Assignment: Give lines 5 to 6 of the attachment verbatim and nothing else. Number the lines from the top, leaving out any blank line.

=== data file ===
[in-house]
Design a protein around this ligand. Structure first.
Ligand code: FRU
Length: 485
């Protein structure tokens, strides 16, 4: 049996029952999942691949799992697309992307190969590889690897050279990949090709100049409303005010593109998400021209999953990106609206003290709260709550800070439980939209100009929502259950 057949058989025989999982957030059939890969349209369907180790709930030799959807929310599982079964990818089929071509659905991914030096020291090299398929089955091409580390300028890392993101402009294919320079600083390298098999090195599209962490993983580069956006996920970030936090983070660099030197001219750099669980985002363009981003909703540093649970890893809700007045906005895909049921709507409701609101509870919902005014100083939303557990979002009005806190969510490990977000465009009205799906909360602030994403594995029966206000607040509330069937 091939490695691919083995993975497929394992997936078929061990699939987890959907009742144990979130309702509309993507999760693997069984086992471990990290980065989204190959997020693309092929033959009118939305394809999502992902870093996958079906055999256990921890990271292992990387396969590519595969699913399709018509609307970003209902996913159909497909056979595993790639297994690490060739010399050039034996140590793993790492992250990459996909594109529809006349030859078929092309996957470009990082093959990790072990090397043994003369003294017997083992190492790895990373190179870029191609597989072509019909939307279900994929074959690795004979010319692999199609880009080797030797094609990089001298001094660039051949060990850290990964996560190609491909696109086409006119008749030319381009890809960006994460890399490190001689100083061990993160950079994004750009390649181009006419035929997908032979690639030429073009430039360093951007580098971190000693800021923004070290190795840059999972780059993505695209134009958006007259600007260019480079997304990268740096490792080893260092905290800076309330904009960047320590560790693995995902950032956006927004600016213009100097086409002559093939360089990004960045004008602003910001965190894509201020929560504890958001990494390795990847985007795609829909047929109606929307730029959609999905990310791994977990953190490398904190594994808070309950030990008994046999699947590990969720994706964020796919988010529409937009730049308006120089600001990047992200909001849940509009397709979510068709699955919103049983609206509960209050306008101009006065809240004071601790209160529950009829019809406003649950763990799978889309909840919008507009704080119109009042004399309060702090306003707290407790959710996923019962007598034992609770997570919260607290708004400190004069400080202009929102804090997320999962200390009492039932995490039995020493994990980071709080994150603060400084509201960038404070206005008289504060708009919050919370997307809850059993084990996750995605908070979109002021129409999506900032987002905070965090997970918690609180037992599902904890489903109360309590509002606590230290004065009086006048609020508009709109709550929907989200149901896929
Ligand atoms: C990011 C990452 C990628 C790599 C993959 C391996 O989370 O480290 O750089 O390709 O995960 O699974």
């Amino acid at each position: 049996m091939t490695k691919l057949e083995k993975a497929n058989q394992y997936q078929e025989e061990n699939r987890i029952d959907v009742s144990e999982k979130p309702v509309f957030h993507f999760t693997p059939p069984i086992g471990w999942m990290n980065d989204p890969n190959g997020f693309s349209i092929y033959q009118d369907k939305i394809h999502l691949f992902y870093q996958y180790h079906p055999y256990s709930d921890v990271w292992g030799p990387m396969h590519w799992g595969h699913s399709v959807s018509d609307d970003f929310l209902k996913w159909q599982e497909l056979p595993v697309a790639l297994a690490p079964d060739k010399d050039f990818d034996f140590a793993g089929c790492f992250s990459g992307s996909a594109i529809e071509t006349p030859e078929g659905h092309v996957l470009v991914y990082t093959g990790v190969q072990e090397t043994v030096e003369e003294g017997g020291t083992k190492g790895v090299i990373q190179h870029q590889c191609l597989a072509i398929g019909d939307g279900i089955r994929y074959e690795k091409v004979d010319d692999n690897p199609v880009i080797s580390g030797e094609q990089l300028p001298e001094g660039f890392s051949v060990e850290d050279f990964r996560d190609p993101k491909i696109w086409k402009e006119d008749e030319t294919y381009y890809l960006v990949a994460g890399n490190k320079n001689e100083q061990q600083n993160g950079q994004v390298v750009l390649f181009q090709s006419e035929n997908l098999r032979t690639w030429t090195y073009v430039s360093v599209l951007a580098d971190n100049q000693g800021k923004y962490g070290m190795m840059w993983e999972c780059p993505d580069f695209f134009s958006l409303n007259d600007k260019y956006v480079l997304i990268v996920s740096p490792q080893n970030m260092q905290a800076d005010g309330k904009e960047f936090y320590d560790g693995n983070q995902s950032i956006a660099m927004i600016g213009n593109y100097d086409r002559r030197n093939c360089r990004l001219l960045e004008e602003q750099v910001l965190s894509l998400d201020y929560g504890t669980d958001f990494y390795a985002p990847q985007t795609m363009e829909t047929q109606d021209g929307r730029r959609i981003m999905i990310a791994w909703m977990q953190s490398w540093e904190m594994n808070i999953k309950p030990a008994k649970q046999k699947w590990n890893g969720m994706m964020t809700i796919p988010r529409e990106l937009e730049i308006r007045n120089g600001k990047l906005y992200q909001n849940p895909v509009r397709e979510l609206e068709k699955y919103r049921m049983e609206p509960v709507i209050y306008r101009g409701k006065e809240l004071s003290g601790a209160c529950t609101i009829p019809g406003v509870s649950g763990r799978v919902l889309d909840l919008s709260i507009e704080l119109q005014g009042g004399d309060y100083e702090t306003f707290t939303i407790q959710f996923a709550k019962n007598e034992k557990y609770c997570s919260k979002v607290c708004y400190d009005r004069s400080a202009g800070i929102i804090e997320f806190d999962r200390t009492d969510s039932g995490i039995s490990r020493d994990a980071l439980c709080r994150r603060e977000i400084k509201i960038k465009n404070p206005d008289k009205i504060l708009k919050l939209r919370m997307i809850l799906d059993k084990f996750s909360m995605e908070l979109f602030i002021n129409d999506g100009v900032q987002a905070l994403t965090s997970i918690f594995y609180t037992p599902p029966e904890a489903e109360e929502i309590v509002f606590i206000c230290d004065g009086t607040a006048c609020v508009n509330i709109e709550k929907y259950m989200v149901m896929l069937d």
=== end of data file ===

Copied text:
């Protein structure tokens, strides 16, 4: 049996029952999942691949799992697309992307190969590889690897050279990949090709100049409303005010593109998400021209999953990106609206003290709260709550800070439980939209100009929502259950 057949058989025989999982957030059939890969349209369907180790709930030799959807929310599982079964990818089929071509659905991914030096020291090299398929089955091409580390300028890392993101402009294919320079600083390298098999090195599209962490993983580069956006996920970030936090983070660099030197001219750099669980985002363009981003909703540093649970890893809700007045906005895909049921709507409701609101509870919902005014100083939303557990979002009005806190969510490990977000465009009205799906909360602030994403594995029966206000607040509330069937 091939490695691919083995993975497929394992997936078929061990699939987890959907009742144990979130309702509309993507999760693997069984086992471990990290980065989204190959997020693309092929033959009118939305394809999502992902870093996958079906055999256990921890990271292992990387396969590519595969699913399709018509609307970003209902996913159909497909056979595993790639297994690490060739010399050039034996140590793993790492992250990459996909594109529809006349030859078929092309996957470009990082093959990790072990090397043994003369003294017997083992190492790895990373190179870029191609597989072509019909939307279900994929074959690795004979010319692999199609880009080797030797094609990089001298001094660039051949060990850290990964996560190609491909696109086409006119008749030319381009890809960006994460890399490190001689100083061990993160950079994004750009390649181009006419035929997908032979690639030429073009430039360093951007580098971190000693800021923004070290190795840059999972780059993505695209134009958006007259600007260019480079997304990268740096490792080893260092905290800076309330904009960047320590560790693995995902950032956006927004600016213009100097086409002559093939360089990004960045004008602003910001965190894509201020929560504890958001990494390795990847985007795609829909047929109606929307730029959609999905990310791994977990953190490398904190594994808070309950030990008994046999699947590990969720994706964020796919988010529409937009730049308006120089600001990047992200909001849940509009397709979510068709699955919103049983609206509960209050306008101009006065809240004071601790209160529950009829019809406003649950763990799978889309909840919008507009704080119109009042004399309060702090306003707290407790959710996923019962007598034992609770997570919260607290708004400190004069400080202009929102804090997320999962200390009492039932995490039995020493994990980071709080994150603060400084509201960038404070206005008289504060708009919050919370997307809850059993084990996750995605908070979109002021129409999506900032987002905070965090997970918690609180037992599902904890489903109360309590509002606590230290004065009086006048609020508009709109709550929907989200149901896929
Ligand atoms: C990011 C990452 C990628 C790599 C993959 C391996 O989370 O480290 O750089 O390709 O995960 O699974």